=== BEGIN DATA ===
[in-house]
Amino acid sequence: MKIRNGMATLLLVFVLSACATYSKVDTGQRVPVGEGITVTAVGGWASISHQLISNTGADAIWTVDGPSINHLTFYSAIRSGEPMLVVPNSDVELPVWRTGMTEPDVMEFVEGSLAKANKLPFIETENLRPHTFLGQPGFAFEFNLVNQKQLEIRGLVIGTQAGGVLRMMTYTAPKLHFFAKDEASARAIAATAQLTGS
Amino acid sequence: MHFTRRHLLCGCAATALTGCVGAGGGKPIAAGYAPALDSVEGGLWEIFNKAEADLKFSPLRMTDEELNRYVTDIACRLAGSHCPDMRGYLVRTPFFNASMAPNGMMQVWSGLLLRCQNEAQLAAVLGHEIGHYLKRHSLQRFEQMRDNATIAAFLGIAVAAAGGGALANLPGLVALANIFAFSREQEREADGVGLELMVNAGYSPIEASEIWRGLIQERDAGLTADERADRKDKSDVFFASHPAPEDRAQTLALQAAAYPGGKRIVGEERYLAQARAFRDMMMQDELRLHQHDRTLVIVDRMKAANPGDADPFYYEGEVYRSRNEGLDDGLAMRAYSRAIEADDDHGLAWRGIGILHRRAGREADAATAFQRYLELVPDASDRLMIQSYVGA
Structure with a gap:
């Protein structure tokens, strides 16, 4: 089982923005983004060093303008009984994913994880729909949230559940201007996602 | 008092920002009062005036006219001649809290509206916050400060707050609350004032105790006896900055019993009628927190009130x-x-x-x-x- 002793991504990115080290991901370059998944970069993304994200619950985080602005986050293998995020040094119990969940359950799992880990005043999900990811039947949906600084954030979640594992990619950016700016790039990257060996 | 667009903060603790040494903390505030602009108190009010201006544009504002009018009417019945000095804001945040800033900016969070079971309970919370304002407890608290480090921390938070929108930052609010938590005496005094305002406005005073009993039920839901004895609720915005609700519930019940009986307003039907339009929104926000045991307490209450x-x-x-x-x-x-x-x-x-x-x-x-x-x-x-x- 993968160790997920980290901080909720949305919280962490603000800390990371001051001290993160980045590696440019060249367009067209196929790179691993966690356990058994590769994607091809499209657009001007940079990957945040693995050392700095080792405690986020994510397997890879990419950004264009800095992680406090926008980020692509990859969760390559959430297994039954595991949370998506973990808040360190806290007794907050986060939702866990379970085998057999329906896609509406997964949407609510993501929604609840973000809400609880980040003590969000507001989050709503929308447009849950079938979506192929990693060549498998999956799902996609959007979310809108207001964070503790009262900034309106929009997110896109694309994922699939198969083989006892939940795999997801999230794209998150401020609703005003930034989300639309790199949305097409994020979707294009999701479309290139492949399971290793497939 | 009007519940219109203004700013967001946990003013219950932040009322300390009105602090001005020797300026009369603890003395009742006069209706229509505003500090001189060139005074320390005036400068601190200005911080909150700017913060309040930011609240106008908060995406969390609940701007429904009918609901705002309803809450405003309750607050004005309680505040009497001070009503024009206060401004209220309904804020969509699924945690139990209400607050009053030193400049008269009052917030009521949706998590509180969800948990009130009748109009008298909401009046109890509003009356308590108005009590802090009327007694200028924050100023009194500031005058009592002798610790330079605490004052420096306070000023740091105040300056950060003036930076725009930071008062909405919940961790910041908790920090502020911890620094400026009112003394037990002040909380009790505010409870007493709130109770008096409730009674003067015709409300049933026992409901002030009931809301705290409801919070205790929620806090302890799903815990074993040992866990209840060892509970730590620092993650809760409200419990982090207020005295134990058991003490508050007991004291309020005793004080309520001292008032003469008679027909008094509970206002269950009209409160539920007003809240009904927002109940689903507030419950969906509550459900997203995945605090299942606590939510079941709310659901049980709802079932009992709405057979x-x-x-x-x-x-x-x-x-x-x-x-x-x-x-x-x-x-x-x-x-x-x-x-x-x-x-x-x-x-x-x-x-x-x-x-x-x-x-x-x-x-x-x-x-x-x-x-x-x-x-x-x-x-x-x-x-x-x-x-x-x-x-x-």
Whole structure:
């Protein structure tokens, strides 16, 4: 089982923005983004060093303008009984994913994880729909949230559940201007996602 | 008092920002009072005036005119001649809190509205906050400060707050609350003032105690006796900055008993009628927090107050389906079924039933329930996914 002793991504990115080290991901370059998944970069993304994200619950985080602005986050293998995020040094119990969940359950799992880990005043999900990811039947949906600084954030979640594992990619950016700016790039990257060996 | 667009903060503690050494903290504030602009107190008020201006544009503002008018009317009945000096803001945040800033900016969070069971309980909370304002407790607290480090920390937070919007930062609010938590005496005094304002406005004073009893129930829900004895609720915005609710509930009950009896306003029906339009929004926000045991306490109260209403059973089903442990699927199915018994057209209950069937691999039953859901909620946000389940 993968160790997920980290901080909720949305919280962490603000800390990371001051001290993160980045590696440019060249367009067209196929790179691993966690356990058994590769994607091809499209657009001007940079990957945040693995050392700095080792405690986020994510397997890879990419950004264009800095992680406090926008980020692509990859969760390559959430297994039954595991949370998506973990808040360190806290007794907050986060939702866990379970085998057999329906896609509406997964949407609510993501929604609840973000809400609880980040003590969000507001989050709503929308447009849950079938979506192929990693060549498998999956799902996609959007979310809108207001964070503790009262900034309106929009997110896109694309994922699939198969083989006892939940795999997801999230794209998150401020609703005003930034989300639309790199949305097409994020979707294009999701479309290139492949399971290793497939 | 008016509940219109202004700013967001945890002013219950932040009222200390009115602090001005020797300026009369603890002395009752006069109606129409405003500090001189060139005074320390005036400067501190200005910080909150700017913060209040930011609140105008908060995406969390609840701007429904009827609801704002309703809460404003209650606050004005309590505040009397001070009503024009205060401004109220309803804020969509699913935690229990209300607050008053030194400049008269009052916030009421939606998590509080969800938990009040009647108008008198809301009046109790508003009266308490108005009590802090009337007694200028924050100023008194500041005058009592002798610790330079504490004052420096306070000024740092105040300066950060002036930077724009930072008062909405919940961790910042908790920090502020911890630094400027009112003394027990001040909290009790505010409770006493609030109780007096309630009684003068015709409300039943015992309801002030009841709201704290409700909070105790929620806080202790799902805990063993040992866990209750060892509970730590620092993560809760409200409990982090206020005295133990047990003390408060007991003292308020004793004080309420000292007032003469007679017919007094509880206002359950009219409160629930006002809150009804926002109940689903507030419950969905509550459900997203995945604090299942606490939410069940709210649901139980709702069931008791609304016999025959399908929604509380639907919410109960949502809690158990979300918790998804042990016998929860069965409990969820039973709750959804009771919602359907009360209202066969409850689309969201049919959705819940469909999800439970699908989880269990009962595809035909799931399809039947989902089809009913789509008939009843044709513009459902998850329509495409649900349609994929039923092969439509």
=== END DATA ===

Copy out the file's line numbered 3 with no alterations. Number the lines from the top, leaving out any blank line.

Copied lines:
Amino acid sequence: MHFTRRHLLCGCAATALTGCVGAGGGKPIAAGYAPALDSVEGGLWEIFNKAEADLKFSPLRMTDEELNRYVTDIACRLAGSHCPDMRGYLVRTPFFNASMAPNGMMQVWSGLLLRCQNEAQLAAVLGHEIGHYLKRHSLQRFEQMRDNATIAAFLGIAVAAAGGGALANLPGLVALANIFAFSREQEREADGVGLELMVNAGYSPIEASEIWRGLIQERDAGLTADERADRKDKSDVFFASHPAPEDRAQTLALQAAAYPGGKRIVGEERYLAQARAFRDMMMQDELRLHQHDRTLVIVDRMKAANPGDADPFYYEGEVYRSRNEGLDDGLAMRAYSRAIEADDDHGLAWRGIGILHRRAGREADAATAFQRYLELVPDASDRLMIQSYVGA